Low corn prices help some businesses, such as Green Plains Inc., of Omaha, operator of 12 ethanol plants in the Midwest. The company’s spending on corn, its basic material for making ethanol, is down 32 percent from a year ago, helping to boost its profits five-fold.
But CEO Todd Becker said that if prices are below the cost of producing corn, before long farmers won’t plant it. To keep corn production strong, he said, “a new source of demand has to show up. I don’t know what it is, other than ethanol.”
“People mistakenly thought the price of corn would go up forever,” Becker said. “No, when it all lines up between the perfect weather and the technology and plenty of commodities, the longer-term bias can only be lower.”
If farmers cut back on planting corn and soybeans, Margaret Krome suggests they consider alternative crops such as alfalfa, rapeseed, old wheat varieties, vegetables or canola, depending on what their land will produce.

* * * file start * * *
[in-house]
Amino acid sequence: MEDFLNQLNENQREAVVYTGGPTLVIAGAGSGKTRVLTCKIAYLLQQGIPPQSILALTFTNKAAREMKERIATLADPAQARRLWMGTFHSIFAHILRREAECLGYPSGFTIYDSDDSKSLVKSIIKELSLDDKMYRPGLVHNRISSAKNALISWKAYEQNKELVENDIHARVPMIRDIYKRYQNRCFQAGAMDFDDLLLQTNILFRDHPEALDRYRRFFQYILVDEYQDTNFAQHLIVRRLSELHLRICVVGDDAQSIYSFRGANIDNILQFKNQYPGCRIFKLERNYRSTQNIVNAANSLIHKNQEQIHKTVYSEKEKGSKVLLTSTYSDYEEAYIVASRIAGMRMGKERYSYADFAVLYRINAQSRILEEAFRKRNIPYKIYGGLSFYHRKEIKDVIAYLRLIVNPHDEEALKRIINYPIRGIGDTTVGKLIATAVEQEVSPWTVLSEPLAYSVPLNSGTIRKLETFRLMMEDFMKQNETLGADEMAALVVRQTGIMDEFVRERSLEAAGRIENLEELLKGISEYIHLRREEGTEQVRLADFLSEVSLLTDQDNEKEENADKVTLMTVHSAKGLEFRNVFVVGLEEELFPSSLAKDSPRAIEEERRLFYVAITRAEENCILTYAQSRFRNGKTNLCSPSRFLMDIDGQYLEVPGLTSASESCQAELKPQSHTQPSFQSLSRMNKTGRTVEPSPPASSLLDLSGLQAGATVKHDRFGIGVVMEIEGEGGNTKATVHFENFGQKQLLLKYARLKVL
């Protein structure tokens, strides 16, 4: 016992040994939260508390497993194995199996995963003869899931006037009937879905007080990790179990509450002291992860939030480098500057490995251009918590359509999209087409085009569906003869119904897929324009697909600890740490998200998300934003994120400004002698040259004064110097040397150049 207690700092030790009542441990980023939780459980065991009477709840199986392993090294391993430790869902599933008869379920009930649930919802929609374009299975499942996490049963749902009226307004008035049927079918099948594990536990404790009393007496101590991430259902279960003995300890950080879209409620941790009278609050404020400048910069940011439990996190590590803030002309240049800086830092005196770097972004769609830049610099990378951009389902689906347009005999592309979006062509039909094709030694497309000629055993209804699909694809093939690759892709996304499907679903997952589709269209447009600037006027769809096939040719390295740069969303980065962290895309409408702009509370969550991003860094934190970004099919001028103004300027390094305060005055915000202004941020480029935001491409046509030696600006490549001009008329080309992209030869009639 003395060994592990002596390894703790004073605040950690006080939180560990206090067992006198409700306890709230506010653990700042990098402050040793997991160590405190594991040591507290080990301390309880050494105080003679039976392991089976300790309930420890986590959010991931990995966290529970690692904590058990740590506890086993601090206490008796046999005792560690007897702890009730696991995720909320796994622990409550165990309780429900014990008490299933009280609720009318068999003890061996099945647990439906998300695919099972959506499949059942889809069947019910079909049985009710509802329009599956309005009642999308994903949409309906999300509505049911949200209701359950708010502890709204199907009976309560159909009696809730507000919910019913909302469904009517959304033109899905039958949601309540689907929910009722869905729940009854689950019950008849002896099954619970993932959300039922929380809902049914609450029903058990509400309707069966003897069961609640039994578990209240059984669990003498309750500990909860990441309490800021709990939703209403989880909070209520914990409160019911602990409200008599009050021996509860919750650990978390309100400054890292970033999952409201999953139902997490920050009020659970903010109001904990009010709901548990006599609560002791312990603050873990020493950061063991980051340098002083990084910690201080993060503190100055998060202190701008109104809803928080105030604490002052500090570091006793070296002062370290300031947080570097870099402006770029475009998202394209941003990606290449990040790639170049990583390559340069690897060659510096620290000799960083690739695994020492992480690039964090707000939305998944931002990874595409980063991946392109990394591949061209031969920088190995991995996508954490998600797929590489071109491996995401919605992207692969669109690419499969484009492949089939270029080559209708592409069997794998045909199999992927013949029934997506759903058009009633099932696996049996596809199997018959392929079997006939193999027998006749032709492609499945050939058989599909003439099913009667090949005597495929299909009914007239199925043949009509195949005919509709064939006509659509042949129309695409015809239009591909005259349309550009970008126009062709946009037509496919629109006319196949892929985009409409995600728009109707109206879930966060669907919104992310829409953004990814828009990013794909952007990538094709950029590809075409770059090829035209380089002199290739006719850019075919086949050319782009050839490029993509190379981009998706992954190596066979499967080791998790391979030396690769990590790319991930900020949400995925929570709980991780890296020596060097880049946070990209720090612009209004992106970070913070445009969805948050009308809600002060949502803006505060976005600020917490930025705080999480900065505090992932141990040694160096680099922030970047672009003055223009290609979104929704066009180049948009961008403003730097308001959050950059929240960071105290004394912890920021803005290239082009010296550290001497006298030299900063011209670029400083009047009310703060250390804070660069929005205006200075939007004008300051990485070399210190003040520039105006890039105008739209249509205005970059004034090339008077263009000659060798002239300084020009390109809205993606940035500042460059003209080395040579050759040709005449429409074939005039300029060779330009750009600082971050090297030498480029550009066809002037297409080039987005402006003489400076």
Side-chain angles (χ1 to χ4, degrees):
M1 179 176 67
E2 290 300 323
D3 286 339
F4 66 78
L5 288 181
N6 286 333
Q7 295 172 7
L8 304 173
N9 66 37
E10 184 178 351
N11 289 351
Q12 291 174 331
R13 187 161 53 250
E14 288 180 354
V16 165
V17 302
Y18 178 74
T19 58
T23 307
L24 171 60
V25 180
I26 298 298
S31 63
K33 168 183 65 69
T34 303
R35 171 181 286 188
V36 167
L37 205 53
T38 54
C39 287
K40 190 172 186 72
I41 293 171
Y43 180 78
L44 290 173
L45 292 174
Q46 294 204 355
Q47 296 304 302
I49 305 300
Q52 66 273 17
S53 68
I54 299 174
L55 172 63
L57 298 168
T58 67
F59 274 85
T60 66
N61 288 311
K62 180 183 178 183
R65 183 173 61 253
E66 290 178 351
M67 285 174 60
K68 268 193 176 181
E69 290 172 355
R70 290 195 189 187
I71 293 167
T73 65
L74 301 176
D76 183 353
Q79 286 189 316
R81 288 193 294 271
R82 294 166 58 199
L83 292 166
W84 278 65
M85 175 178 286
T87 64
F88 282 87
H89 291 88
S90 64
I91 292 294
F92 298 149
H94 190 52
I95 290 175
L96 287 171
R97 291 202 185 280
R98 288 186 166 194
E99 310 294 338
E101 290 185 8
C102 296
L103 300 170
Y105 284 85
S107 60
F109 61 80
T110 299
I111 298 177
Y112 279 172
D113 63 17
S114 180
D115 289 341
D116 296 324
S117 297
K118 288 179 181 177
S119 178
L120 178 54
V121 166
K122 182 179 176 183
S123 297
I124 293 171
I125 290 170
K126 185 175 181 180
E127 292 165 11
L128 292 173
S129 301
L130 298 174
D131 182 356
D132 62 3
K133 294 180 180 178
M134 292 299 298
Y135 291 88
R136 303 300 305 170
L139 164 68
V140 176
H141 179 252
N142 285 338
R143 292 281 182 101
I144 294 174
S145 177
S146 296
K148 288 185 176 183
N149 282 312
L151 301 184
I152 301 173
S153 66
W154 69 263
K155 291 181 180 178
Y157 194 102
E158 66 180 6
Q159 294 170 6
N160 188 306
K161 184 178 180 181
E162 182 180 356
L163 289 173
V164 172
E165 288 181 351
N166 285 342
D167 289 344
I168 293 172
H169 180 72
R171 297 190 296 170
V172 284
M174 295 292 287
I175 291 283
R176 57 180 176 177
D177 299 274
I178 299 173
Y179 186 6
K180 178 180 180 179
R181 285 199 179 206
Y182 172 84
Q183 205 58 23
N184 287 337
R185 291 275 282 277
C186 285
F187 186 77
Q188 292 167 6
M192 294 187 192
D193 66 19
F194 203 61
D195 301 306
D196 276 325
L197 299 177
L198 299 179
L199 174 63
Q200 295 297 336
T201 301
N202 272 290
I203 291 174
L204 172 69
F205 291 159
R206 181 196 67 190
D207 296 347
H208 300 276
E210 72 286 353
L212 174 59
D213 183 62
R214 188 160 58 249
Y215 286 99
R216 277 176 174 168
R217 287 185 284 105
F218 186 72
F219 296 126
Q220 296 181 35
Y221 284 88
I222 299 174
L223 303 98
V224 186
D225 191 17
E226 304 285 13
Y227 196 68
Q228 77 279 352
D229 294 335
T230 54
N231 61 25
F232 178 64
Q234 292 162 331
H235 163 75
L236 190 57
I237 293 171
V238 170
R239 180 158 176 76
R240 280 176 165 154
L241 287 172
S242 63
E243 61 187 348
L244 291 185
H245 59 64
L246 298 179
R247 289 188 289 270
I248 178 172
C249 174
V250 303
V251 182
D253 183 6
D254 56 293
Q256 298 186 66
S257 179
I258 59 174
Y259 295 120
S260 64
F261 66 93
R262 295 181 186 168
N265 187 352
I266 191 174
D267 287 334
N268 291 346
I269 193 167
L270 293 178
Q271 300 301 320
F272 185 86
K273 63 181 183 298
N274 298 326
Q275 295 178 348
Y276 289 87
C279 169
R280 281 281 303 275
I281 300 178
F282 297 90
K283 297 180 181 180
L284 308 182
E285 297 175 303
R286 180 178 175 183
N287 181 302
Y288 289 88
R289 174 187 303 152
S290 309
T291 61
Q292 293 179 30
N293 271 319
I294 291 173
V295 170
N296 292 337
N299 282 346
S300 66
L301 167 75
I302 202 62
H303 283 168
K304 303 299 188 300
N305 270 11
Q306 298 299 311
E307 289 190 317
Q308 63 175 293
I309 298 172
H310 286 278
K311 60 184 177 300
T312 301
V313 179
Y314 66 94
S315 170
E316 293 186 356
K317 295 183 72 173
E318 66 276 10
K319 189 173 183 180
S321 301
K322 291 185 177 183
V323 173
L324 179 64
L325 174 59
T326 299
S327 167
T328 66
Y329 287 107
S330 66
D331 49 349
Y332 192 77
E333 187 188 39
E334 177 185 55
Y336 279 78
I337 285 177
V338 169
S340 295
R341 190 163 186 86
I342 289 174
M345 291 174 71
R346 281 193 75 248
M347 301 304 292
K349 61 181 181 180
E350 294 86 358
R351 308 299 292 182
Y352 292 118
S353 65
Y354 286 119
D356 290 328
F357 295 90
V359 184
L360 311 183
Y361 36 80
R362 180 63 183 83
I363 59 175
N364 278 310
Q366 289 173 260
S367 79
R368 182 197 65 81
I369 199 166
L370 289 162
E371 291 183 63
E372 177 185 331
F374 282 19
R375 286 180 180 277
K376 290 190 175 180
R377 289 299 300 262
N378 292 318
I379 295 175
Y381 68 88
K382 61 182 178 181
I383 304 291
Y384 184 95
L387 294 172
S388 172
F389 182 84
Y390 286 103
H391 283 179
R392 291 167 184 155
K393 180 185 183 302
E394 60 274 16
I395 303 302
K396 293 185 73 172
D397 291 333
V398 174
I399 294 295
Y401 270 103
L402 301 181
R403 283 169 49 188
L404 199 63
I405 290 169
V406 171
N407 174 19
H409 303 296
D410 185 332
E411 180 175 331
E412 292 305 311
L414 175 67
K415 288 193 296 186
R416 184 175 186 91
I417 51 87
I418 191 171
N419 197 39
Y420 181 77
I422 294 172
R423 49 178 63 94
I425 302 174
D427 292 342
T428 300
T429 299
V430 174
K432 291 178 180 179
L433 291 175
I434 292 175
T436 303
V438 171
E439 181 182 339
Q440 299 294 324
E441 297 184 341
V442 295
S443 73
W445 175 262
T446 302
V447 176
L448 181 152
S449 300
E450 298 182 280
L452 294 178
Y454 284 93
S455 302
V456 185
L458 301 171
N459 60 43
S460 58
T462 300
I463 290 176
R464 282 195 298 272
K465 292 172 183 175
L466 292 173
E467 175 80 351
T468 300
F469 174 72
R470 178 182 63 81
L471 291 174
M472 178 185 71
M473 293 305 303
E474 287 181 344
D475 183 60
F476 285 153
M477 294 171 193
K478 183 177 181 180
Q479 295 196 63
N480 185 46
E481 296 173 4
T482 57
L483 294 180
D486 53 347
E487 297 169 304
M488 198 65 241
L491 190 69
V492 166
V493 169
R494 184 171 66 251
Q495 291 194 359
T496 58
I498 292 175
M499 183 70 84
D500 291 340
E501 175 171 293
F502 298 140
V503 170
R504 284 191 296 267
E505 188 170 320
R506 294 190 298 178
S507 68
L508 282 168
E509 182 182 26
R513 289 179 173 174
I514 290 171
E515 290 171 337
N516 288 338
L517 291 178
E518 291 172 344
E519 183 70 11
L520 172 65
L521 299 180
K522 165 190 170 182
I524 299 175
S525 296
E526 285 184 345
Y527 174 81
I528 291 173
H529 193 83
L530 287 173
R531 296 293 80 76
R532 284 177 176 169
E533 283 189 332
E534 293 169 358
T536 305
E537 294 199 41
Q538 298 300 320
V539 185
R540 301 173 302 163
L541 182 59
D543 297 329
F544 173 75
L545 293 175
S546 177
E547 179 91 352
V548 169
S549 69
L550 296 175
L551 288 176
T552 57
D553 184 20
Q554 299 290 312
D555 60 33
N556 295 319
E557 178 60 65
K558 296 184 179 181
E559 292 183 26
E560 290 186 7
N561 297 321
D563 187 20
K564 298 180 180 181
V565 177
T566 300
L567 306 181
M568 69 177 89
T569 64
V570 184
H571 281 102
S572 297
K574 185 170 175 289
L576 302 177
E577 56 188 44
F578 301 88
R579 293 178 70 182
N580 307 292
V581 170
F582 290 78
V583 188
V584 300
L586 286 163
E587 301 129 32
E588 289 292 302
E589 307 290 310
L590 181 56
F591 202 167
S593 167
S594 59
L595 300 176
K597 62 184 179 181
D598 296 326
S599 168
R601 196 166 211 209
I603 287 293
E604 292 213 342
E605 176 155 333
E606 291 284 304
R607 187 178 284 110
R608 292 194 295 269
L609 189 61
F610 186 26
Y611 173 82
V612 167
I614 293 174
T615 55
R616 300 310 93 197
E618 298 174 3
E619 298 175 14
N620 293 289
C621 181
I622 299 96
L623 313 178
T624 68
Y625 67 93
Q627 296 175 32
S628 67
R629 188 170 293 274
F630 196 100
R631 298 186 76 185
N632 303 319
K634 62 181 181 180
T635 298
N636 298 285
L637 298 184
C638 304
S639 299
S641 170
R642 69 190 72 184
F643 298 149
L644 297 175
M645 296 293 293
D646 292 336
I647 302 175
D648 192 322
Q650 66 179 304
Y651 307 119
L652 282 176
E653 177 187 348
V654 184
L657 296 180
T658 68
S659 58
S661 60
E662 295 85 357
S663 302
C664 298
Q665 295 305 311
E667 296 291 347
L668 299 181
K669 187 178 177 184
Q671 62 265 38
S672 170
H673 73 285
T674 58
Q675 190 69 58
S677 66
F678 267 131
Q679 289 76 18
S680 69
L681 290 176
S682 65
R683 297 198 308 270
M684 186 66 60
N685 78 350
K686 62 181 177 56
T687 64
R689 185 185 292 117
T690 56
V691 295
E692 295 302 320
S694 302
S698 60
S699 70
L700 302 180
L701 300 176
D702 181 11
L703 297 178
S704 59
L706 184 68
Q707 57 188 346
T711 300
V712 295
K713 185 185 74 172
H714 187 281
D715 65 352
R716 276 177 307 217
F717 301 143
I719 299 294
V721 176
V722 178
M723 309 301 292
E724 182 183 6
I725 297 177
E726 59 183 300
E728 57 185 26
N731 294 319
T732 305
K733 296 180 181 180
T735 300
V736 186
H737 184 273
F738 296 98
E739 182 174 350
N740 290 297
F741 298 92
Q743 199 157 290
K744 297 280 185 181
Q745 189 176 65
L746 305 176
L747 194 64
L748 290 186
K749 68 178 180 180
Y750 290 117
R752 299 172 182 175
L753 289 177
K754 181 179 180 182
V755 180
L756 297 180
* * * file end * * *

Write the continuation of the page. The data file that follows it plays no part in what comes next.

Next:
“There are other ways you can go when you’re facing uncertain prices, to get past just corn and beans,” said Krome, policy program director for the Michael Fields Agricultural Institute in East Troy, Wisconsin. “It is a cultural change, but it is also the wisdom of the ages. It’s one of the ways farmers survive when the market is telling you, don’t put all of your land in one crop.”
But farmers in Nebraska and Iowa are likely to continue with their main grains, putting the 2014 Farm Act’s safety net to the test, said UNL economist Luebben.
He expects “substantial” payments under the new law to grain farmers this year and, if price predictions come true, in 2015. He estimated that payments will begin if average prices this year end up at $4.54 per bushel or less, and other payments would begin at $3.70. Soybeans and wheat likely won’t bring payments, but sorghum growers already are qualifying for payments, and rice and peanuts apparently will qualify, too, he said.
“Some things will kick in that we haven’t seen for some time,” Luebben said.
He said the federal payments aren’t designed to protect profits but only to offset some costs, helping farmers come closer to breaking even. “It protects them from the shock of increasing prices. ... It just helps them adjust.”